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Community college: A stepping stone to higher-education savings

It's a good time to give a local community college another look.

Thanks to skyrocketing costs of private and public universities, many families are finding their college funds won't be enough. With low costs, small classes and easy-to-transfer credits, a community college may be the solution cash-crunched families are looking for.

"Price has always been a selling point for us," says Norma Kent, director of communications for the American Association of Community Colleges. "It's a very affordable way to go."

Let's look at some numbers. The average cost for a full-year of tuition and fees at a community college is just $2,076, compared to $5,100 at a public, four-year university and $20,081 at a private, four-year university, according to the College Board.

Save money with college credit transfers
Attending a community college for two years and transferring to a four-year college or university could save you a bundle in tuition costs.

Let's say you live in Philadelphia. By attending the Community College of Philadelphia for two years and then transferring to Temple University, you'd save more than $9,200 in tuition costs.

Thanks to an articulation agreement between the two schools, a transfer student with a 3.65 grade point average or higher will receive a $2,000 merit scholarship to Temple. A transfer student with a 3.0-to-3.64 GPA will receive a $1,000 scholarship.

An articulation agreement specifies which community college course credits will be accepted toward a bachelor's degree at the four-year college or university. It also outlines scholarship requirements and specifies what kind of grades a student must achieve to transfer to the four-year school as a junior.

Articulation agreements between two-year and four-year colleges are quite common. The Community College of Philadelphia has articulation agreements with most four-year colleges and universities in its region.

"We can really guarantee that you'll enter as a junior and your credits will transfer," says Kimberly Iapalucci, director of public relations at the Community College of Philadelphia. "We call it a seamless transition."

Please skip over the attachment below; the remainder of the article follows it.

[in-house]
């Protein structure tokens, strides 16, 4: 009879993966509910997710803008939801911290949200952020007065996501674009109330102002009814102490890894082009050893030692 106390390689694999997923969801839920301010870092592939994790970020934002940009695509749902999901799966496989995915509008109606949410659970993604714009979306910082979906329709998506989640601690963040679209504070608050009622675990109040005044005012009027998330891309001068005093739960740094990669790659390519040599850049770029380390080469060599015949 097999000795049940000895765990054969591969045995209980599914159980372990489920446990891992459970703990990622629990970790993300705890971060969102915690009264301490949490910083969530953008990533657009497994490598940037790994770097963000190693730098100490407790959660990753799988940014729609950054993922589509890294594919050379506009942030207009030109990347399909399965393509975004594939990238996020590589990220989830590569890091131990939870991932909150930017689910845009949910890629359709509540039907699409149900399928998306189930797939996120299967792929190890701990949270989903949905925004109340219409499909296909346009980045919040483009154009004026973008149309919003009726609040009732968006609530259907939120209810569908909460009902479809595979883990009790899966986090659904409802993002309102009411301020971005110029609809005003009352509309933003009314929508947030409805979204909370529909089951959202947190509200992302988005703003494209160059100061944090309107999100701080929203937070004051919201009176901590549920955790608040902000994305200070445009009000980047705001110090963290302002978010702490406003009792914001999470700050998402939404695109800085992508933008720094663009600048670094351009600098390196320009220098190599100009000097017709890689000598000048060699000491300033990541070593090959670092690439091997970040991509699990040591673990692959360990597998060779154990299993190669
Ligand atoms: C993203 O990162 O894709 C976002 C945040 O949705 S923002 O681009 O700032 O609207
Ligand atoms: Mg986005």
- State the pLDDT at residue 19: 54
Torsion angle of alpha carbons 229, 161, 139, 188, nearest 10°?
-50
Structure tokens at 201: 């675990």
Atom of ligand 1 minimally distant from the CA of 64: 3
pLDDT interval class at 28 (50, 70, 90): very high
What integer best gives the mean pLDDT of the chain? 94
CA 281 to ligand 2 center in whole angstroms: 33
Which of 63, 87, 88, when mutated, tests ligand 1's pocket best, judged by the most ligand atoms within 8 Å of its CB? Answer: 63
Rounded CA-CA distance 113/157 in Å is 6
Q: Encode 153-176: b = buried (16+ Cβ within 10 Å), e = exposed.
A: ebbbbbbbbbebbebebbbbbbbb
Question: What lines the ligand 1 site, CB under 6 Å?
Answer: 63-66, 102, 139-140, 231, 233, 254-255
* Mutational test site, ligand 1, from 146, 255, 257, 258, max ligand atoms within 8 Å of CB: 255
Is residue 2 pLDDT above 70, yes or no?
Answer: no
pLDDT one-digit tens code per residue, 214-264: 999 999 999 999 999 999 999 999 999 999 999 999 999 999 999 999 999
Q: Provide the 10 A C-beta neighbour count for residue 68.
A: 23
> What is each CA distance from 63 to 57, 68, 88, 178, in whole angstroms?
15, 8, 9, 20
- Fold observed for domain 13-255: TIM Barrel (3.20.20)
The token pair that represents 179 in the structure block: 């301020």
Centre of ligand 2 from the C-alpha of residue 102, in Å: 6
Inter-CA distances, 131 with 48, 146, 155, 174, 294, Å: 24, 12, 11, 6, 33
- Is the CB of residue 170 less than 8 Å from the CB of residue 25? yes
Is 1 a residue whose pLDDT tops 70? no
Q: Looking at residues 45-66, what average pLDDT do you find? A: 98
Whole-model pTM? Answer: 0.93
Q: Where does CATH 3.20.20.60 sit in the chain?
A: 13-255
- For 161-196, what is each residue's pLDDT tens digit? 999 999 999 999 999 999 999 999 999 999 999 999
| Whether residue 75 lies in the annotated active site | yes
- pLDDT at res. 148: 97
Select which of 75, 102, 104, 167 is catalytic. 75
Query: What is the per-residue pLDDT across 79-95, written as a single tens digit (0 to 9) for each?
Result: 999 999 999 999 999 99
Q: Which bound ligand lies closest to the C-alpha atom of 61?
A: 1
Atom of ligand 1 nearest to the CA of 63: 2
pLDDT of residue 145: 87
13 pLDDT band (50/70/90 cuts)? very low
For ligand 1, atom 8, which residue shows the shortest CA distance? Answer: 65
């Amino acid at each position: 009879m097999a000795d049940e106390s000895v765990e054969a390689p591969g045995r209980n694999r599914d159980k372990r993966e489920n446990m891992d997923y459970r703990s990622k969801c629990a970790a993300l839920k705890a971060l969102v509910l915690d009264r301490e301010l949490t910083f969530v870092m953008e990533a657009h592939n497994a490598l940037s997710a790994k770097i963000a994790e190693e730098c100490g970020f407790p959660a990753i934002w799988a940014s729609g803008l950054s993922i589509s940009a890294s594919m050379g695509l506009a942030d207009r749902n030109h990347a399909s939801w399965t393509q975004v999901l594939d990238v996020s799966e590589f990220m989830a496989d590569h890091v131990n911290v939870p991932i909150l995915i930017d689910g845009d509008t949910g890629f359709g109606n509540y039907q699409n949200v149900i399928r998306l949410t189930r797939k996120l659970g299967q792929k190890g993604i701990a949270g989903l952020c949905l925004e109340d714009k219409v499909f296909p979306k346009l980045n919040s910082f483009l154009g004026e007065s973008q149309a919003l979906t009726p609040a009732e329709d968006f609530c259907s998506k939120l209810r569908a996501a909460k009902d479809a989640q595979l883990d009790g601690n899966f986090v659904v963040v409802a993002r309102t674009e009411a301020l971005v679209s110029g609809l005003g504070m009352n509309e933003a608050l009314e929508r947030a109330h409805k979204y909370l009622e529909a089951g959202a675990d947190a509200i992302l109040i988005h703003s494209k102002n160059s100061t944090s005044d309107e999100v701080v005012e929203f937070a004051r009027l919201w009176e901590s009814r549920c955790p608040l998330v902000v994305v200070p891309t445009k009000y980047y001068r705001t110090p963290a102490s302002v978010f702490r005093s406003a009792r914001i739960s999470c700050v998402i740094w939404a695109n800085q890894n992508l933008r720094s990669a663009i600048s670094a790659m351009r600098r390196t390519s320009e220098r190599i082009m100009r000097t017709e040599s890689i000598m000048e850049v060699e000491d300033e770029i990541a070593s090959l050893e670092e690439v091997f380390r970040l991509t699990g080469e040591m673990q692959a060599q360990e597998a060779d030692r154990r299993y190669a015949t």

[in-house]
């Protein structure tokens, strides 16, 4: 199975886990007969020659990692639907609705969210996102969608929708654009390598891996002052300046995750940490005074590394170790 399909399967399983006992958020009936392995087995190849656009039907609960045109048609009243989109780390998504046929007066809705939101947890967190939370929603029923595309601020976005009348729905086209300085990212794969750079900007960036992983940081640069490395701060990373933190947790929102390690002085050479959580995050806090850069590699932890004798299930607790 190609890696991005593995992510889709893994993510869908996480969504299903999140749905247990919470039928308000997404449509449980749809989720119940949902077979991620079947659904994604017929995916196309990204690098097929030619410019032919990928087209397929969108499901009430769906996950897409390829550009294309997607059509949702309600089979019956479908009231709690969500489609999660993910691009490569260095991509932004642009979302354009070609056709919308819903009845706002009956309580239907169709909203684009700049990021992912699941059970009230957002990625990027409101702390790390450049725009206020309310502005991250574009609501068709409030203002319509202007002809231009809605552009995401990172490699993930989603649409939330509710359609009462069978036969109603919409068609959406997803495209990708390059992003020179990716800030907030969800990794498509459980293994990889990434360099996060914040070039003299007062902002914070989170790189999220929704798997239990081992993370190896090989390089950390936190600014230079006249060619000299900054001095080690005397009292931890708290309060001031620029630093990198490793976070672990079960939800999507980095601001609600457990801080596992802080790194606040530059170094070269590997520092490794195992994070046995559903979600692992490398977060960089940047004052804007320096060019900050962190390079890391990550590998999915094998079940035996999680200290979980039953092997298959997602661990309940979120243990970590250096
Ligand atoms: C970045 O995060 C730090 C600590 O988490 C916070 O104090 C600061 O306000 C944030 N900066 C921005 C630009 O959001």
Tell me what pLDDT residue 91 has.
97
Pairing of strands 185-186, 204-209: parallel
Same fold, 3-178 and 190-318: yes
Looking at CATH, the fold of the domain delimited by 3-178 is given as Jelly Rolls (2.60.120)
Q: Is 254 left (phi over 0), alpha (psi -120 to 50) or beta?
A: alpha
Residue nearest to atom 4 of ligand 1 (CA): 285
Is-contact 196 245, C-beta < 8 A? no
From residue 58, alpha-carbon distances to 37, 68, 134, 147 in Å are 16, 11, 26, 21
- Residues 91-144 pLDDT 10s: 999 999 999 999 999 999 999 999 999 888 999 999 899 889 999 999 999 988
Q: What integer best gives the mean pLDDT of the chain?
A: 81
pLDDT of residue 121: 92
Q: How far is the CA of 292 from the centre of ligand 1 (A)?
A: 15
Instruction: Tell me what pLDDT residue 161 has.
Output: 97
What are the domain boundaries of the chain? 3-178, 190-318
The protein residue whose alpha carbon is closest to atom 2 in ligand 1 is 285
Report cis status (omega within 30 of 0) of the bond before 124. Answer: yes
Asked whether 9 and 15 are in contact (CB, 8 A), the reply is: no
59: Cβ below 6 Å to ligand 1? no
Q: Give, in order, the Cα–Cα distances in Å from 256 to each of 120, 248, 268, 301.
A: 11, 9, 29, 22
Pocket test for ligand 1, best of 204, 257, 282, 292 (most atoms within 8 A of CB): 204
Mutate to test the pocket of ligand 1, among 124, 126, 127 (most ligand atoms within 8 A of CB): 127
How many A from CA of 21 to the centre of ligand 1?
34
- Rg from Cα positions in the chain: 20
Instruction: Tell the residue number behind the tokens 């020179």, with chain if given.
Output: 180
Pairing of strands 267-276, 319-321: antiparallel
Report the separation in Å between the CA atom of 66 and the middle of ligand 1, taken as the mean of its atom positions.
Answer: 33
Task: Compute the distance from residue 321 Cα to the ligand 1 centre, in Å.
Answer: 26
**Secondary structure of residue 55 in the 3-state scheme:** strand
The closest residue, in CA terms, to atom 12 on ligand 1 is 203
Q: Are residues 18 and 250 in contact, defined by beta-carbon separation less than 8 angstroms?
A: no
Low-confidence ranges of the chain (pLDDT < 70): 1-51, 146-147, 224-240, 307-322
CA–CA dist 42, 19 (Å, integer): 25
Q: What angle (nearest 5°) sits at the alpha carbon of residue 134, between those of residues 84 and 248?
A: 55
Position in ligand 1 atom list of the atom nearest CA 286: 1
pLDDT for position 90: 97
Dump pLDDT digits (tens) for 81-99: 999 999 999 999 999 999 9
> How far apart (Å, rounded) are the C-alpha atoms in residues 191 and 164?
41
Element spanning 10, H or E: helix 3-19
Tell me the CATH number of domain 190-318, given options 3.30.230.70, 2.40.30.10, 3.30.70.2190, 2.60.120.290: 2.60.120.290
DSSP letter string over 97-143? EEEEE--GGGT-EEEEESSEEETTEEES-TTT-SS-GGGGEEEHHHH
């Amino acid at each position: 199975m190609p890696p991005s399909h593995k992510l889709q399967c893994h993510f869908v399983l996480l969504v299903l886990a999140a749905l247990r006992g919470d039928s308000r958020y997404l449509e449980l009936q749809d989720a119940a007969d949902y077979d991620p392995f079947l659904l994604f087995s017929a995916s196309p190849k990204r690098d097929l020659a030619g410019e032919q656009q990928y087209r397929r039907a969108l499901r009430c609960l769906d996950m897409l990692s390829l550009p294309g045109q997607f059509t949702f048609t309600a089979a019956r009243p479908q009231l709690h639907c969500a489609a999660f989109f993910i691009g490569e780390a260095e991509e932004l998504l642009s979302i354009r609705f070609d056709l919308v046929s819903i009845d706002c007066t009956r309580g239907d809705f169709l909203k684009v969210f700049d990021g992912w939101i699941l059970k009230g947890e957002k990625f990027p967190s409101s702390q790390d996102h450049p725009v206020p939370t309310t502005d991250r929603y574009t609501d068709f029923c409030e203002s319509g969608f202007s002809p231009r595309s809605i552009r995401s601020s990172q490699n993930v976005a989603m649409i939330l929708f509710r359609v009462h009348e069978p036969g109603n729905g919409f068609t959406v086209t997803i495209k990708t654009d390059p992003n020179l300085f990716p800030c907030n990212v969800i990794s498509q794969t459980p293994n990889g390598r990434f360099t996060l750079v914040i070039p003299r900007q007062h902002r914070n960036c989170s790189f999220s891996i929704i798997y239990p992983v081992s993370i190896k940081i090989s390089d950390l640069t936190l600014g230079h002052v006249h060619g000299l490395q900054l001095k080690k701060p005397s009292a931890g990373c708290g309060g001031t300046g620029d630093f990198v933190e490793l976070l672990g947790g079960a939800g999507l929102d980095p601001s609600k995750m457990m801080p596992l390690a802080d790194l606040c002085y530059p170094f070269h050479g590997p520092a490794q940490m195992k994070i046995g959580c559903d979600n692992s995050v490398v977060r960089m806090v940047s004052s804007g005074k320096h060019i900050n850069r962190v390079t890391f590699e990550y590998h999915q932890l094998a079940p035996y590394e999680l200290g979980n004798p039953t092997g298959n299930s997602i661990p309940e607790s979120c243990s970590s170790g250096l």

Students at four-year schools can nudge down education costs by heading home and taking summer classes at a local community college.

Every credit earned at a low-cost community college can save you hundreds of dollars in tuition. And by bunking at your parent's house, you could knock down your room-and-board charges to zero.

A full summer class schedule at a community college could shave thousands of dollars off your university bill. Credits from most community college classes will transfer to a four-year school without a hitch, but be sure to check before signing on.

Attending a community college also makes a lot of sense for students with uncertain career goals. Why shell out thousands of dollars in university tuition if you have no idea what you want to do?

"The benefit of a community college is we're low cost, and you can afford to play around a bit. You can explore," says Betty Davis, assistant dean of financial aid at Community College of Allegheny in Pennsylvania. "It's a good place to start."

Why not start in high school?
And you don't have to be a college student to cash in on community college classes. Many community colleges offer courses to high school juniors and seniors. With dual-enrollment classes, teens earn high school and college credits at the same time.

Santa Fe Community College in Gainesville, Fla., has been offering a dual-enrollment program to area high school students since 1974. Eligible high students attend classes at the college for free. Course textbooks are loaned to the students free of charge.

"This is like a two-year scholarship," says Linda Lanza-Kaduce, director of the high school dual-enrollment program at SFCC. "It's a big deal -- especially in these hard times with people not feeling as rich as they did a few years ago."

Lots of people who feel fed up with the working world head to community colleges to re-group and re-train. Laid-off workers and those fearing layoffs are flocking to community colleges in search of new skills and training. Many will like what they find.'s corrections policy
-- Posted: Jan. 19, 2005

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